Maintaining and organizing. How to … organize information for repeated use? … safeguard this information against loss? … insure that information is current and correct? .. update formats to keep pace with changes in standards and in supporting tools?.. insure that old information is deleted, archived or otherwise moved out the way? What about versions? What about duplicates and near-duplicates? These are all questions of maintenance and organization.
Managing privacy and the flow of information. Information management aims to insure that the right people have the right information at the right time. But steps must also be taken to insure that other people – the wrong people – don’t also have access to this information. And how to insure that the right people aren’t distracted or overwhelmed the information they receive?
Measuring and evaluating. Choices are made in support of all the activities described so far. Schemes of organization are selected; strategies, policies and procedures are adopted; supporting tools are put in place. We then need to ask, periodically or continuously, “is it (the resulting mapping between information and need) working? Can it work even better? If so, what should change?” These questions depend both upon the measurements we’re able to make and also on the evaluations we must make in cases where measurements (and the underlying objectives these measurements reflect) are in competition with one another.
Making sense of our information. Efforts to make sense are the most “meta” of meta-level activities. “Does it make sense?” The question can be applied to choices made in each of the other meta-level activities. The question has broad application and reaches to deeper levels of understanding concerning ultimate goals and tradeoffs. We might hear ourselves saying something like “I understand what you want to do but it doesn’t make sense”. Choices that make sense with one need in mind, may not make sense when other needs are also considered. Does the mapping make sense? Our information is now totally secure against unauthorized access but we can’t easily access the information either. Does this make sense? We make sense of information. We use our senses. We also “make” and manipulate. Information is a thing to be piled and sorted, arranged and re-arranged. Information is a thing to be touched. Information is in the mapping. Information is also how we represent the needs of a mapping (including goals and constraints). Information, perhaps in the form of graphs, is how we represent a hierarchy of need. Information is how we represent the synergies and conflicts between needs. Information is how we represent the mapping itself. It’s all information.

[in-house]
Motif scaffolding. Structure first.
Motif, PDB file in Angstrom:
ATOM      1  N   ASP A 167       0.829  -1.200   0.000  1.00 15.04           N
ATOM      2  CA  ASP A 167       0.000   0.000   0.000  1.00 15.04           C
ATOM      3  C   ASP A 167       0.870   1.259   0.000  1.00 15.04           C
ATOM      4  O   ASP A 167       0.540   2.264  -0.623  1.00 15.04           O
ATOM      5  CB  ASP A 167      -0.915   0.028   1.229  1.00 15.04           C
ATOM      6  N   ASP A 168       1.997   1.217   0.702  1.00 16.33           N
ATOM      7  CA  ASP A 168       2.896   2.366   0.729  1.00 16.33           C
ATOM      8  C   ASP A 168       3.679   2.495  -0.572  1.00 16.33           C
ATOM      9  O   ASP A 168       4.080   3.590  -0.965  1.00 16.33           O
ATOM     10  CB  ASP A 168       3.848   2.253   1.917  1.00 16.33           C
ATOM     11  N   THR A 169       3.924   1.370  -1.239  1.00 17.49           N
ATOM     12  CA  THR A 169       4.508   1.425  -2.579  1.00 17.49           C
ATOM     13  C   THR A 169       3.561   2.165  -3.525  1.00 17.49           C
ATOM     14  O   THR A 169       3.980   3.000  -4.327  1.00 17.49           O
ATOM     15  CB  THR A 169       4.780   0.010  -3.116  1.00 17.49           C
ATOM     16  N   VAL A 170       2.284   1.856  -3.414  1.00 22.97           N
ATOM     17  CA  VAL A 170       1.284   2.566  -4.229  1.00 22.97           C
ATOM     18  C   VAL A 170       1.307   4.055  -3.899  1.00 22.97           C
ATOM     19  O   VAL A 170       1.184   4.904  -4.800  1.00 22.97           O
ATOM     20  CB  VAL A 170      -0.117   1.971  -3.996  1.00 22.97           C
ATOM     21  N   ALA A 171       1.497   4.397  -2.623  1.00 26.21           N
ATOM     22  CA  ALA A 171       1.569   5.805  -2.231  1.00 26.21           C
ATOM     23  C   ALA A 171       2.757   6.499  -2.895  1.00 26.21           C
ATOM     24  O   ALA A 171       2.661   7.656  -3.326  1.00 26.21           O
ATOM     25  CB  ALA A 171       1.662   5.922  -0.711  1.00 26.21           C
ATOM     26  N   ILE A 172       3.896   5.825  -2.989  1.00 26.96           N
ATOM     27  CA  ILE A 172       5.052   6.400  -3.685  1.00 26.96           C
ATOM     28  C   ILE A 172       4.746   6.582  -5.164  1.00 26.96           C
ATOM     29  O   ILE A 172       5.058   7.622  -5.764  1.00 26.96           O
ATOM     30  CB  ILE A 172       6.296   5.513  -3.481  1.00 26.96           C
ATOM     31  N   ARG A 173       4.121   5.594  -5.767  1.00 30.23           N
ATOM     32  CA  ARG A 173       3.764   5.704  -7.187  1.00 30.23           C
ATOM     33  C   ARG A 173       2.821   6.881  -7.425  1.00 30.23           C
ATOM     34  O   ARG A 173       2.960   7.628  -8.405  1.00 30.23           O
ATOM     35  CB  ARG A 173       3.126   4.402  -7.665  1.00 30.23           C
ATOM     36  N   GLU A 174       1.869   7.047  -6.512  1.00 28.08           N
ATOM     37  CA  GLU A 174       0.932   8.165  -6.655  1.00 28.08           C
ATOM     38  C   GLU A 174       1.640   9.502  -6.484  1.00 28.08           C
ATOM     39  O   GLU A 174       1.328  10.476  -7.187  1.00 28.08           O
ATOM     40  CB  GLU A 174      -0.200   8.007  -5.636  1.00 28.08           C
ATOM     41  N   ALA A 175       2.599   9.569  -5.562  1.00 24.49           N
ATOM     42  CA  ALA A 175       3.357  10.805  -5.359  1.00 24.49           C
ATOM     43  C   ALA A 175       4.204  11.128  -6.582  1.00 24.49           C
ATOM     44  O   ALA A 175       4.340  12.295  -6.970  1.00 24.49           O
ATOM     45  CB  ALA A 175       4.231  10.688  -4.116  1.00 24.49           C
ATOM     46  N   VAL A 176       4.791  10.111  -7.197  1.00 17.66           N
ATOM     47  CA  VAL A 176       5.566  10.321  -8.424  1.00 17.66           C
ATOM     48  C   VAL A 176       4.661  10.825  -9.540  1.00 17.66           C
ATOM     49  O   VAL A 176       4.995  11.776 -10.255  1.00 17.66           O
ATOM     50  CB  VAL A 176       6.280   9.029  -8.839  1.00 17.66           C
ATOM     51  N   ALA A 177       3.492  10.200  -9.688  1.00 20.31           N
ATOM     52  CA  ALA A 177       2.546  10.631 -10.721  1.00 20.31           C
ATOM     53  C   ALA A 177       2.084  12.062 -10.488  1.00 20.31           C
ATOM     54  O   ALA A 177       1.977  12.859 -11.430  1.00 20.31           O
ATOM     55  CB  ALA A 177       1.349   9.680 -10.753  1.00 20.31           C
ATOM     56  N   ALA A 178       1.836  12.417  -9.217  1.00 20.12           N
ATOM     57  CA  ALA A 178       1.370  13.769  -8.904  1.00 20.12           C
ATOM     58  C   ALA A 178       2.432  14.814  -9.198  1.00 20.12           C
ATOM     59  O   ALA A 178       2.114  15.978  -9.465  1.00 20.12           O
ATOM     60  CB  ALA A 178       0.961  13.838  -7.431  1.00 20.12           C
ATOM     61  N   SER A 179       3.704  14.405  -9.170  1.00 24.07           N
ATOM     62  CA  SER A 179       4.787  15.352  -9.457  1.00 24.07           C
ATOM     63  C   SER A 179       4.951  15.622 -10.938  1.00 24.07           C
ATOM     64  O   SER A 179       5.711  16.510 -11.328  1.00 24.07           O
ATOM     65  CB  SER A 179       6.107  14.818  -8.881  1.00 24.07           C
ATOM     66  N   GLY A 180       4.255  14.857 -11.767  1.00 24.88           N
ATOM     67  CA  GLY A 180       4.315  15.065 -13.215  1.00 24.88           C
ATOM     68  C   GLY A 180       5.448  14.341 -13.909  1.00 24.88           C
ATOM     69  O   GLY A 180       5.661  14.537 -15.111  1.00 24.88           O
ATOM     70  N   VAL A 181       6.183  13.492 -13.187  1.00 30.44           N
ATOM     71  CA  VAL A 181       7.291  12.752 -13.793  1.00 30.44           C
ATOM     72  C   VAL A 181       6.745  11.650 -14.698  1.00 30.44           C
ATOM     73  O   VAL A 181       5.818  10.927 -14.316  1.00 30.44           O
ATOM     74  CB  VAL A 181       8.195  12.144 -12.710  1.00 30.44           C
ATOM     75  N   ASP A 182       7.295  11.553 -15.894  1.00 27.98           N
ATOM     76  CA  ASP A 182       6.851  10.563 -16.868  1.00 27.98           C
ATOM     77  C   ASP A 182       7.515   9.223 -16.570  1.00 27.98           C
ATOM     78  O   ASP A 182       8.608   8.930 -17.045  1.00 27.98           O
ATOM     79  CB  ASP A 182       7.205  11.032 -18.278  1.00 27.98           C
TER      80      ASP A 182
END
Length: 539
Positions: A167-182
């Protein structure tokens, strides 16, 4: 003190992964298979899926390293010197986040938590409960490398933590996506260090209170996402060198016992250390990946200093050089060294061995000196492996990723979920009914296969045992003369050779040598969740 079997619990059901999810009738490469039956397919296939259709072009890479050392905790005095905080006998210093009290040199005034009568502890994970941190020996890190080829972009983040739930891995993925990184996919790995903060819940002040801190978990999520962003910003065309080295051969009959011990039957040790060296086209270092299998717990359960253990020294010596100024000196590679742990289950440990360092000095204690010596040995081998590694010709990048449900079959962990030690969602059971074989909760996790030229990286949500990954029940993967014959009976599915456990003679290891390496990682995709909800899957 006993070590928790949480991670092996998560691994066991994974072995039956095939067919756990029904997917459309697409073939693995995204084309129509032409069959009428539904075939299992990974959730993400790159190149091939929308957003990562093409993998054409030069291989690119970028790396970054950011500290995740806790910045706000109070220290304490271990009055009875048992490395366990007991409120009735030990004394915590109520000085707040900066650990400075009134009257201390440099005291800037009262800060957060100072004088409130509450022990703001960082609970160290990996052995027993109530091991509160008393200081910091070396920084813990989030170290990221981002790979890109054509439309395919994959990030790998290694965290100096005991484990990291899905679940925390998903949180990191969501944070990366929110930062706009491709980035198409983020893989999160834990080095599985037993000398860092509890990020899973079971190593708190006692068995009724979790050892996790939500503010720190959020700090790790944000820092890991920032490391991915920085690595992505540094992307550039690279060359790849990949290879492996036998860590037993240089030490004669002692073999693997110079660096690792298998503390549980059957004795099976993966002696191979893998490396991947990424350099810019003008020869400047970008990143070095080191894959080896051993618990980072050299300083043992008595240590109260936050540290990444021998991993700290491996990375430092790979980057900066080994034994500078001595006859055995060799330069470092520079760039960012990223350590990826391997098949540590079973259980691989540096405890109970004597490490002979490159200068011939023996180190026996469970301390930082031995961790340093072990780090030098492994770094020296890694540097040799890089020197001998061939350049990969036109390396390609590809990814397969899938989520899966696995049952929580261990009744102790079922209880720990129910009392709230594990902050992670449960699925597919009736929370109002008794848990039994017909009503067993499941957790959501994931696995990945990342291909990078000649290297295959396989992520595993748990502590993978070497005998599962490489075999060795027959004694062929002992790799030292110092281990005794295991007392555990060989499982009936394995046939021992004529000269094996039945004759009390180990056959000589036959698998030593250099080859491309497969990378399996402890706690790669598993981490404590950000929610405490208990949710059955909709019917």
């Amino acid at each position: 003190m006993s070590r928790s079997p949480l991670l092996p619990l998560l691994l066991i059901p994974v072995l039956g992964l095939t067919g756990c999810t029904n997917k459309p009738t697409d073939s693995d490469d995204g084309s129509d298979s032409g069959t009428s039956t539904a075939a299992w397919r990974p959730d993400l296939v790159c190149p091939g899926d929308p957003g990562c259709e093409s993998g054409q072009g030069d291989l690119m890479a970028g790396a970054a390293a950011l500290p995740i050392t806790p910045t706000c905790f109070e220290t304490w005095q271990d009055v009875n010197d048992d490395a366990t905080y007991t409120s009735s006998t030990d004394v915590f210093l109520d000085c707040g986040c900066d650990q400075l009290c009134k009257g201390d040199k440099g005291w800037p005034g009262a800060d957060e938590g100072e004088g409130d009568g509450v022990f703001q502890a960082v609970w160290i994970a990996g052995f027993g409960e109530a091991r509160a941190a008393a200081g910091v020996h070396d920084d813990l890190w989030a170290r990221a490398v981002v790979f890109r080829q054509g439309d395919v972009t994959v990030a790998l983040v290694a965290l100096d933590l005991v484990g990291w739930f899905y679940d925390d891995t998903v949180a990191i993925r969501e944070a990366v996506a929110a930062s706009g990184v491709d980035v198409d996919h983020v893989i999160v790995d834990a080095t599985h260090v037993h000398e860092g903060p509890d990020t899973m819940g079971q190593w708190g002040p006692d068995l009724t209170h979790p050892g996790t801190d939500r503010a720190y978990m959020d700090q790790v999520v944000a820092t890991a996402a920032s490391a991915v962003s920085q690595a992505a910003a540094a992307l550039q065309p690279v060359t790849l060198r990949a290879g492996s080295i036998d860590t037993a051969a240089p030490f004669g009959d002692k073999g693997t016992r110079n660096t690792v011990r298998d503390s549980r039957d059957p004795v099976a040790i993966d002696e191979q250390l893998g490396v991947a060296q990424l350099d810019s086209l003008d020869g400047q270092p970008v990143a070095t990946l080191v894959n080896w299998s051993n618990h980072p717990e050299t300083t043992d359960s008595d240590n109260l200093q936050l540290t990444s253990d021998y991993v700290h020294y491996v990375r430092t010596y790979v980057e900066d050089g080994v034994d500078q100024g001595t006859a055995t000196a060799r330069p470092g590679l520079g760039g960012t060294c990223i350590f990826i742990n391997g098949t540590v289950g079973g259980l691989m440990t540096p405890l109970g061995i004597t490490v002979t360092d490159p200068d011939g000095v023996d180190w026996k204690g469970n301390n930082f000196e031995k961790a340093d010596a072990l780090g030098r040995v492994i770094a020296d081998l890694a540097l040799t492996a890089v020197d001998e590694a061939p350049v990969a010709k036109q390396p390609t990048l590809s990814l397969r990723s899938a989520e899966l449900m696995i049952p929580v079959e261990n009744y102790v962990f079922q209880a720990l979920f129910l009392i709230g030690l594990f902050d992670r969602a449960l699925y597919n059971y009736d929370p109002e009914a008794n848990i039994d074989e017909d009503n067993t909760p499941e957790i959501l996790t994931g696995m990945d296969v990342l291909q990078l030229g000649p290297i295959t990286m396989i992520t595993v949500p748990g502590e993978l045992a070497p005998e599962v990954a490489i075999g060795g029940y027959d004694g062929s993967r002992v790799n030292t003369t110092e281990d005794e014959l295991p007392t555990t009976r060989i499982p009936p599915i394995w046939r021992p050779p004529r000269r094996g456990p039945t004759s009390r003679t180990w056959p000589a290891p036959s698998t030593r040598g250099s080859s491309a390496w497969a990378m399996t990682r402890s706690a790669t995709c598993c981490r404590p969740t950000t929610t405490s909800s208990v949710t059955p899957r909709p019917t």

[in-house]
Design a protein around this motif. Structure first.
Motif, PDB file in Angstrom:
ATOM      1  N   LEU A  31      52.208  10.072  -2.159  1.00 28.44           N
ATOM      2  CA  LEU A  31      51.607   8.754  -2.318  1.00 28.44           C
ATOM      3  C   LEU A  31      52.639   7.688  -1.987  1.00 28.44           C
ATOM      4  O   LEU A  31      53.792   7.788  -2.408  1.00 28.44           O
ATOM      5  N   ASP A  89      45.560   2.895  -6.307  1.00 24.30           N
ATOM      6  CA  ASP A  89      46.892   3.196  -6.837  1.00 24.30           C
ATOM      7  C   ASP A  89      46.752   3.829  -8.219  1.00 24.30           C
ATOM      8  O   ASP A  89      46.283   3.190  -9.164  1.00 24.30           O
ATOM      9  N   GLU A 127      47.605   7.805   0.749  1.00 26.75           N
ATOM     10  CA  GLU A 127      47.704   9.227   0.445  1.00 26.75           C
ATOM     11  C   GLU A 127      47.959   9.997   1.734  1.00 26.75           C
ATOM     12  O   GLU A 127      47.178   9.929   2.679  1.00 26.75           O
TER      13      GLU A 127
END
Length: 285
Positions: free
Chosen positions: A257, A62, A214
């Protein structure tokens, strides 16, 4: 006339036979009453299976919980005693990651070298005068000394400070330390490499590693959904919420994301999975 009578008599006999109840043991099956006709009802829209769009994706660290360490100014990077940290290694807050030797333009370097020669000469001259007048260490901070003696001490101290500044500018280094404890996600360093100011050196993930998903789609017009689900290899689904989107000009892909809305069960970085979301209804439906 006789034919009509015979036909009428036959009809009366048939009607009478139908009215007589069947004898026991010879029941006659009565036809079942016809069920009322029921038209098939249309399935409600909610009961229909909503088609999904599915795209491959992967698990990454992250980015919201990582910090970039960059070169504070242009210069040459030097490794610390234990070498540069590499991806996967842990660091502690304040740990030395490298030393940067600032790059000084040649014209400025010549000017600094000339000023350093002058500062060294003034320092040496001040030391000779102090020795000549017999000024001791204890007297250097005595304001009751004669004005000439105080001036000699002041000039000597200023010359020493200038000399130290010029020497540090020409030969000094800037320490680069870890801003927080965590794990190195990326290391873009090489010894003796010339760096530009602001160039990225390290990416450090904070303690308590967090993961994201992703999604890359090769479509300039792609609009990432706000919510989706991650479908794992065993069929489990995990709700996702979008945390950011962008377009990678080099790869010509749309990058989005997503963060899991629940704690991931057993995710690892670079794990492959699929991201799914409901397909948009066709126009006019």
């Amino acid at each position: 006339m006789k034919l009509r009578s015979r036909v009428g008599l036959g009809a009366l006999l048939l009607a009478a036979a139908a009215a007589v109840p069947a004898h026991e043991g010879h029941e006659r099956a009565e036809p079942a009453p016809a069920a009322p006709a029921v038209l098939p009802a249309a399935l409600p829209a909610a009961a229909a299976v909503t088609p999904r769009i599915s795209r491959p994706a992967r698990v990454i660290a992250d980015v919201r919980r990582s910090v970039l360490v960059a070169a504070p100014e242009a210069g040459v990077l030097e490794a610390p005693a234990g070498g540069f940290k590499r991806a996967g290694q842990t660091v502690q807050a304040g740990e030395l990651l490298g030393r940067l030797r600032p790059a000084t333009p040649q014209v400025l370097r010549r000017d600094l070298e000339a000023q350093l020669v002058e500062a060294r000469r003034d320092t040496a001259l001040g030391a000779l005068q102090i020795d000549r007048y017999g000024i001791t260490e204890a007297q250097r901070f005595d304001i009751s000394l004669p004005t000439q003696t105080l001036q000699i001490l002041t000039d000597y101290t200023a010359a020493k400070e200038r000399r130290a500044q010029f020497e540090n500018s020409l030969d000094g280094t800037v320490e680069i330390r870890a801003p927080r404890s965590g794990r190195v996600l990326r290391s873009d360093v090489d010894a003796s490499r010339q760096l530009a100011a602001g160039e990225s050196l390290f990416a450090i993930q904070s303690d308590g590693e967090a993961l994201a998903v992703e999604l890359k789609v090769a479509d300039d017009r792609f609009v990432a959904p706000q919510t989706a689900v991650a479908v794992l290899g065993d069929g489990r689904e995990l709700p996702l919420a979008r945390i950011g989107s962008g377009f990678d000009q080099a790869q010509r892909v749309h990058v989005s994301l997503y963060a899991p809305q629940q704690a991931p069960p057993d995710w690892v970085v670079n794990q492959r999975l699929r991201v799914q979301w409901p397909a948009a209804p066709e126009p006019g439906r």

What must we do to manage knowledge?
To make a variation an old joke, ask any three people involved in “knowledge management” for a definition of same and you’ll likely get three different definitions. Wait a few more minutes and you’ll get three more.
In his blog post, “43 knowledge management definitions - and counting…[3], Ray Sims documents a diversity of definitions for knowledge management. Many of the definitions seem to have little in common with each other save for the repeated use of the word “knowledge”.
One of the better, more forthright, of the definitions comes from the CIO Magazine Tutorial[4]: “Unfortunately, there's no universal definition of knowledge management (KM), just as there's no agreement as to what constitutes knowledge in the first place. For this reason, it's best to think of KM in the broadest context. Succinctly put, KM is the process through which organizations generate value from their intellectual and knowledge-based assets. Most often, generating value from such assets involves codifying what employees, partners and customers know, and sharing that information among employees, departments and even with other companies in an effort to devise best practices.”